Temporal trend of in-hospital major bleeding among patients with non ST-elevation acute coronary syndromes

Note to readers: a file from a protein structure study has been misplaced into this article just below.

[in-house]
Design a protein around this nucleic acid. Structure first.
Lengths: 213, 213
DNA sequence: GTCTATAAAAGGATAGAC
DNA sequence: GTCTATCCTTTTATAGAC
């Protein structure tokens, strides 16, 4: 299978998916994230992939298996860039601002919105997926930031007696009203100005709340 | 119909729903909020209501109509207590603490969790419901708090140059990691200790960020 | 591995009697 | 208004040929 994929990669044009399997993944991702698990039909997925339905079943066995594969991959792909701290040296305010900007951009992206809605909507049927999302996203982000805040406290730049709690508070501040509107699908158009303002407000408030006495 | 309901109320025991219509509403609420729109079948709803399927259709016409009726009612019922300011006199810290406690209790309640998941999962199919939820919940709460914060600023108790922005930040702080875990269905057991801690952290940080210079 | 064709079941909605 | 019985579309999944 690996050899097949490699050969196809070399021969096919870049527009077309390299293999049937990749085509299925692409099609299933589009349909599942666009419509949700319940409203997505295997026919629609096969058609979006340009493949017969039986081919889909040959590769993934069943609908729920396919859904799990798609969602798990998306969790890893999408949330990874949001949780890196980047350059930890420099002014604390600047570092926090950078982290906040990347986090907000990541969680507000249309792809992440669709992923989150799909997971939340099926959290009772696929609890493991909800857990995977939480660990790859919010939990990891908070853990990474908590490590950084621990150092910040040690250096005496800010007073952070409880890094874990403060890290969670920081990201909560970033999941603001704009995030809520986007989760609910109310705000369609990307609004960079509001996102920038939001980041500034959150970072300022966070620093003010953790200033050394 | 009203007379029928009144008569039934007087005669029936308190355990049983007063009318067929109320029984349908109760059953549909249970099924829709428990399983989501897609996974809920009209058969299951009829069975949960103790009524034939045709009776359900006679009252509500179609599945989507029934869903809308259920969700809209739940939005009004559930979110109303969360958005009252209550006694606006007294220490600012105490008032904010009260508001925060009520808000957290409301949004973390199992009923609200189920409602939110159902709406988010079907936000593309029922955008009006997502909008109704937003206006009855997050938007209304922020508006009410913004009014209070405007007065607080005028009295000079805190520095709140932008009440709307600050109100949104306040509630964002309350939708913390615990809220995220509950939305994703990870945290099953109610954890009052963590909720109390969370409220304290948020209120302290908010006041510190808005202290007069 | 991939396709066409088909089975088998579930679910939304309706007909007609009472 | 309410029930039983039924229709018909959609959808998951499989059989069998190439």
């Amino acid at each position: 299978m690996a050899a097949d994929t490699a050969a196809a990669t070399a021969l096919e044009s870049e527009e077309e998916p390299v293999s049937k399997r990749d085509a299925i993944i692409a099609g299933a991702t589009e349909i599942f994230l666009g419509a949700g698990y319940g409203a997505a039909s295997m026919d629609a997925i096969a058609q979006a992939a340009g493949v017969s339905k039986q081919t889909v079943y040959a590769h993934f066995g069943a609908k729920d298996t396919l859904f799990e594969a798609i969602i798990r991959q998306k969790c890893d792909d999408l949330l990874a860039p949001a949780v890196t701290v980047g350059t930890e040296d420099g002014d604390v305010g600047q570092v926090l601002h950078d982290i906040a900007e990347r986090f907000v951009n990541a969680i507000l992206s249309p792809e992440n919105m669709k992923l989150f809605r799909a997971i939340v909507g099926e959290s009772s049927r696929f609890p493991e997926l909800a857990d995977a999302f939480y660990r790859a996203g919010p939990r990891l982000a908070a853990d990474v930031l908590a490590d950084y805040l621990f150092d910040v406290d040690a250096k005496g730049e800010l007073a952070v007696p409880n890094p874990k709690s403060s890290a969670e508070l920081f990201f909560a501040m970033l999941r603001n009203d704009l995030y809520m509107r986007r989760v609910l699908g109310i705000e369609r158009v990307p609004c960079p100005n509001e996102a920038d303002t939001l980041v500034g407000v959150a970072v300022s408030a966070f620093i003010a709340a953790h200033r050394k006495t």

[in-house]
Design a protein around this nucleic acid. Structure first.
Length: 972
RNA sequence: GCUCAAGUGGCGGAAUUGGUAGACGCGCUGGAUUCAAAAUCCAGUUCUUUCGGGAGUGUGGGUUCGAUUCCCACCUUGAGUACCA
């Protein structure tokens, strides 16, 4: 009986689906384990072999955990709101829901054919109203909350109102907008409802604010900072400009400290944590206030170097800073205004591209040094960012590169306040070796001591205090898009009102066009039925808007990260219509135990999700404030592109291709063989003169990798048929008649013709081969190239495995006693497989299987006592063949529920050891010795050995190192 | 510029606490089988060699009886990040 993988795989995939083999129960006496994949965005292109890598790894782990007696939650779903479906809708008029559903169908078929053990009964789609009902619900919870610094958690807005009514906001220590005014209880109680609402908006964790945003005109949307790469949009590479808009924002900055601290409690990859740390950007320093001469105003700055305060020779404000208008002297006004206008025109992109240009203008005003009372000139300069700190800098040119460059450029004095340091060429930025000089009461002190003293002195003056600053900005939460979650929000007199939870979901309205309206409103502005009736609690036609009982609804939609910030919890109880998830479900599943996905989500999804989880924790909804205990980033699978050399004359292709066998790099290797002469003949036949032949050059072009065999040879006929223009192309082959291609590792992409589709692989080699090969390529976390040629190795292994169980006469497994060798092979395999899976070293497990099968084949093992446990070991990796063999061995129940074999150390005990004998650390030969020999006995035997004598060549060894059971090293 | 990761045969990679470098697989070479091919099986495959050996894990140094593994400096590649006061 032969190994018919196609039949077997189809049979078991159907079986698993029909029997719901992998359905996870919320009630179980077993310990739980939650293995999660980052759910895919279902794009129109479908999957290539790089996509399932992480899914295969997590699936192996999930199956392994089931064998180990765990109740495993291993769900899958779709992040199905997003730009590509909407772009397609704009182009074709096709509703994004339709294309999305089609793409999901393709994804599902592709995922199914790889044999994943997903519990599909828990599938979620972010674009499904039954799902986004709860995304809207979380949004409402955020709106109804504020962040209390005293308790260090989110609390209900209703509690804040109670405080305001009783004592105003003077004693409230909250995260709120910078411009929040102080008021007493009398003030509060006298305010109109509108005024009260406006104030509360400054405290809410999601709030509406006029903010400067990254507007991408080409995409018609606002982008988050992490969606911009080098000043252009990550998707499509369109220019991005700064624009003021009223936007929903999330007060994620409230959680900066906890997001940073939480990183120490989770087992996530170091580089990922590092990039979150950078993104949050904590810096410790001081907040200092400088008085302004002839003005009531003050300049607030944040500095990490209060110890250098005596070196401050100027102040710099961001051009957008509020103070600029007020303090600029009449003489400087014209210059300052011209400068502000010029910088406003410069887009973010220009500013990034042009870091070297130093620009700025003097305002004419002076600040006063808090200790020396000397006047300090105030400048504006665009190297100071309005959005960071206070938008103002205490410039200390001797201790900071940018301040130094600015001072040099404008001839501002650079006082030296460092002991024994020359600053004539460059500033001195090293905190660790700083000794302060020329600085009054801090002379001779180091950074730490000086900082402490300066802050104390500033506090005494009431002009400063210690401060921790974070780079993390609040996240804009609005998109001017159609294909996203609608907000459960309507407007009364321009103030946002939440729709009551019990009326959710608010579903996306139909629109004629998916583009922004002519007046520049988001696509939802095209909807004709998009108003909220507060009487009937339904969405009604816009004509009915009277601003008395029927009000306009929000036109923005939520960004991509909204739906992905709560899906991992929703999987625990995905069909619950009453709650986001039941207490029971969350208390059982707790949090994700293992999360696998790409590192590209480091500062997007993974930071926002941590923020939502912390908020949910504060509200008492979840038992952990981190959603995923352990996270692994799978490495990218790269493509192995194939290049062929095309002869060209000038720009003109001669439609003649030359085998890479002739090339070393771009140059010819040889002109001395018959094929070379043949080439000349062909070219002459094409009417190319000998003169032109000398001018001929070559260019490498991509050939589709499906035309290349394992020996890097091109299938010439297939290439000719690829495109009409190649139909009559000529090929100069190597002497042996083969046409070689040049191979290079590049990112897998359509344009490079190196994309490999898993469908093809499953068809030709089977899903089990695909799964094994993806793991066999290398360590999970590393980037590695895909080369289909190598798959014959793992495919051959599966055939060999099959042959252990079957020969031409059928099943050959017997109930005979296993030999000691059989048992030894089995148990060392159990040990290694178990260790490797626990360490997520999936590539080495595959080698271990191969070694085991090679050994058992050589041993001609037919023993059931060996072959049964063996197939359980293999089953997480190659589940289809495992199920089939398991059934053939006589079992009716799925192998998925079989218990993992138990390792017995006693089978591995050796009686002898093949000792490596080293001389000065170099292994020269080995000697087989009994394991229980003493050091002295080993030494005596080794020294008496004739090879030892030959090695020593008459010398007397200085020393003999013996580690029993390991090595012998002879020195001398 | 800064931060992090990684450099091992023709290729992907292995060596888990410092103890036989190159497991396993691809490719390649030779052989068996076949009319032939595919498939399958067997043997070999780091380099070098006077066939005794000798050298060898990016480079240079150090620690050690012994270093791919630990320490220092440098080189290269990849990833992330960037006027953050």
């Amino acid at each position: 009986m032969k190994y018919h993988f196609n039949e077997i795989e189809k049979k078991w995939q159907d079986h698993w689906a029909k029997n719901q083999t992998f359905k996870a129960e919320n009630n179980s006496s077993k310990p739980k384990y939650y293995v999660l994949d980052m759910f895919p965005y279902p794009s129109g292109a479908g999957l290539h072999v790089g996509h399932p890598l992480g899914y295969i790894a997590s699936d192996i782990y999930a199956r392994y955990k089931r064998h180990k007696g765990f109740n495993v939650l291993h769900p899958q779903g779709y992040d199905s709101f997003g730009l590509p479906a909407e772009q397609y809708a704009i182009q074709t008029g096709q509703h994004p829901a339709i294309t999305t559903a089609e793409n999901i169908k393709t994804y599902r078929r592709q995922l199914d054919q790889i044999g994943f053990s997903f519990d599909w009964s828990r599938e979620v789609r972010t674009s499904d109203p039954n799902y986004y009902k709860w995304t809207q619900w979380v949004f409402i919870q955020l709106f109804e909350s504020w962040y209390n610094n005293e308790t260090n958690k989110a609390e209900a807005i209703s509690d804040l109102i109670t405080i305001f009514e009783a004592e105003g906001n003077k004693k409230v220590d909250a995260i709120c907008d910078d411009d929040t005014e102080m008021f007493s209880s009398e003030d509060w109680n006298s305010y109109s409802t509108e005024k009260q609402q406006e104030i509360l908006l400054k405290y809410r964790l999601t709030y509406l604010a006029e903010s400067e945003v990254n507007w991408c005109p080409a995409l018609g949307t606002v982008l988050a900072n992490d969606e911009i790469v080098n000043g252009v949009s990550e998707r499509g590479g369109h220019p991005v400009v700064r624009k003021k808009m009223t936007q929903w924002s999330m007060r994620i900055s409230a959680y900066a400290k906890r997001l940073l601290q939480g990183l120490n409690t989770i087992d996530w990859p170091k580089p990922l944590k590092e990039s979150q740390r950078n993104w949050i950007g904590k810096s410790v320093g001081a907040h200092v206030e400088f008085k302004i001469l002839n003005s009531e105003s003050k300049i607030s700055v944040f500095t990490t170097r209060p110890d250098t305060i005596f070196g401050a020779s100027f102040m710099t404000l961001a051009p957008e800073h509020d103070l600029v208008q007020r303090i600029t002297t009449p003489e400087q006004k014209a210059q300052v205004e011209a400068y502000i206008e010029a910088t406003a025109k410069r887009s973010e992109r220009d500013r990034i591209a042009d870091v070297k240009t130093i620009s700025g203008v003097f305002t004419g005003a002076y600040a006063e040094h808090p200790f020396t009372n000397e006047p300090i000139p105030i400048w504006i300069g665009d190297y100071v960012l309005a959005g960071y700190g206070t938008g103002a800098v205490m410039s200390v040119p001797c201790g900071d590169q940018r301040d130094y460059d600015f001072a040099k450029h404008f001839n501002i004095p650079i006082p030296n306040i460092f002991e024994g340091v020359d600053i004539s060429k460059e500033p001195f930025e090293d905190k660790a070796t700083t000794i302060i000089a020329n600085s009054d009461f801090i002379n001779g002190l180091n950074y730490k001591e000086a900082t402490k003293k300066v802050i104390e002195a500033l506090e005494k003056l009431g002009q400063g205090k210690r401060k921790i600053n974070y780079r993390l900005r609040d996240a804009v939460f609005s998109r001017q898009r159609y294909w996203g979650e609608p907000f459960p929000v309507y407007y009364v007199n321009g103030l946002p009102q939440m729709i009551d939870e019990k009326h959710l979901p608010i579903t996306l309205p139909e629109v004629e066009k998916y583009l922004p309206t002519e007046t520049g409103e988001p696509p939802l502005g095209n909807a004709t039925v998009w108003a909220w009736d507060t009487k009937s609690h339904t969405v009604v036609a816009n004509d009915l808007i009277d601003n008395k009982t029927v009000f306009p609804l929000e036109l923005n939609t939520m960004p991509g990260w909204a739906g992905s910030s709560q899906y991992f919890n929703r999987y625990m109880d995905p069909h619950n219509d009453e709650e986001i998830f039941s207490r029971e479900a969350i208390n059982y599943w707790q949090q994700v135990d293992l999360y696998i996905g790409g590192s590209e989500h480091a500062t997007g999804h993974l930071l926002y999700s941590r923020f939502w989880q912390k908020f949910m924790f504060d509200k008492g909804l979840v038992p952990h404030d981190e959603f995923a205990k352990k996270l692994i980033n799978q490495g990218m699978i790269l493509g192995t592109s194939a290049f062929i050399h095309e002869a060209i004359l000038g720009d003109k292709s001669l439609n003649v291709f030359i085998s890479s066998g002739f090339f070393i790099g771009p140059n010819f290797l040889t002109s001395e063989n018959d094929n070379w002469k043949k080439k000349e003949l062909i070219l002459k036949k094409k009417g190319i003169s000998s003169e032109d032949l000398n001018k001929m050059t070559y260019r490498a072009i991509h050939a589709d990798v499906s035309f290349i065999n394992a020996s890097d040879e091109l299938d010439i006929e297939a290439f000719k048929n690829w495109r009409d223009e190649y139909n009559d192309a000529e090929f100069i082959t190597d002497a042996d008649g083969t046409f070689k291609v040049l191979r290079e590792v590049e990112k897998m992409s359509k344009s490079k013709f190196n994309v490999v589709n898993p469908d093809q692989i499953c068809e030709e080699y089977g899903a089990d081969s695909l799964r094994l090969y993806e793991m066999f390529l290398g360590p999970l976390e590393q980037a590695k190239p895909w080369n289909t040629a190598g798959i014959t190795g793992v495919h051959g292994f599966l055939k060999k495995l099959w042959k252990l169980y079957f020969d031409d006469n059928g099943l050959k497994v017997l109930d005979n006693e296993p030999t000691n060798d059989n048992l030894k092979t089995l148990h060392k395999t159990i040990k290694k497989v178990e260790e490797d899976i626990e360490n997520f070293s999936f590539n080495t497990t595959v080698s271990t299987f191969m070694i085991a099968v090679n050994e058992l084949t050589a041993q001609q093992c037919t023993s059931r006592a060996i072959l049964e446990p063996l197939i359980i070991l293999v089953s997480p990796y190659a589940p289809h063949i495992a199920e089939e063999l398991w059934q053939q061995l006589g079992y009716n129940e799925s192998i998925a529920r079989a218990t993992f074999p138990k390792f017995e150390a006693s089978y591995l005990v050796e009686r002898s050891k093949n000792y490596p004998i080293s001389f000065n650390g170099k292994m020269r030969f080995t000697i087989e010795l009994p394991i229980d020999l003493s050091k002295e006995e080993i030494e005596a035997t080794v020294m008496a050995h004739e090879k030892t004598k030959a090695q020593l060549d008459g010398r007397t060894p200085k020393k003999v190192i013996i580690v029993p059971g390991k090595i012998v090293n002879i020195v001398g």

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BACKGROUND: Although randomized controlled trials support the use of intensive medical and invasive therapies for non-ST segment elevation acute coronary syndromes (NSTE-ACS), major bleeding is a serious treatment complication. We sought to determine the temporal trend of in-hospital major bleeding among patients with NSTE-ACS, in relation to the evolving management pattern. METHODS: We identified 14 111 NSTE-ACS patients enrolled in 4 successive, prospective, multicenter registries (ACS I, 1999-2001; ACS II, 2002-2003; GRACE, 2004-2007; and CANRACE, 2008) in Canada between 1999 and 2008. We collected data on patient characteristics, use of cardiac medications and procedures on standardized case report forms. In all registries, major bleeding was defined a priori as life threatening or fatal bleeding, bleeding requiring transfusion of ≥2 U of packed red cells, or resulting in an absolute decrease in hemoglobin of >30g/L. RESULTS: A total of 14 111 patients had a final diagnosis of NSTE-ACS and were included in this study (3294 in the ACS-I registry, 1956 in the ACS-II registry, 7543 in GRACE, and 1318 in CANRACE). Over time, there was a substantial increase in the use of dual anti-platelet (aspirin and thienopyridine) therapy (P for trend <.001), and in rates of in-hospital cardiac catheterization and percutaneous coronary intervention (both Ps for trend <.001). Overall, major bleeding was relatively infrequent (1.7%). There was no significant increase in the unadjusted rates of major bleeding over time (P for trend = .19). In multivariable analysis adjusting for GRACE risk score and intensive treatment, enrolment period was not an independent predictor of bleeding (P for trend = .98). There was no interaction between the enrolment period and the use of intensive medical and invasive management. CONCLUSION: Despite more widespread use of dual anti-platelet therapies and invasive cardiac procedures in the management of NSTE-ACS, the rate of major bleeding remains relatively low and has not increased significantly over time. Our findings suggest that physicians selectively target treatment for their patients, and these evidence-based therapies can be safely administered to ACS patients in clinical practice.
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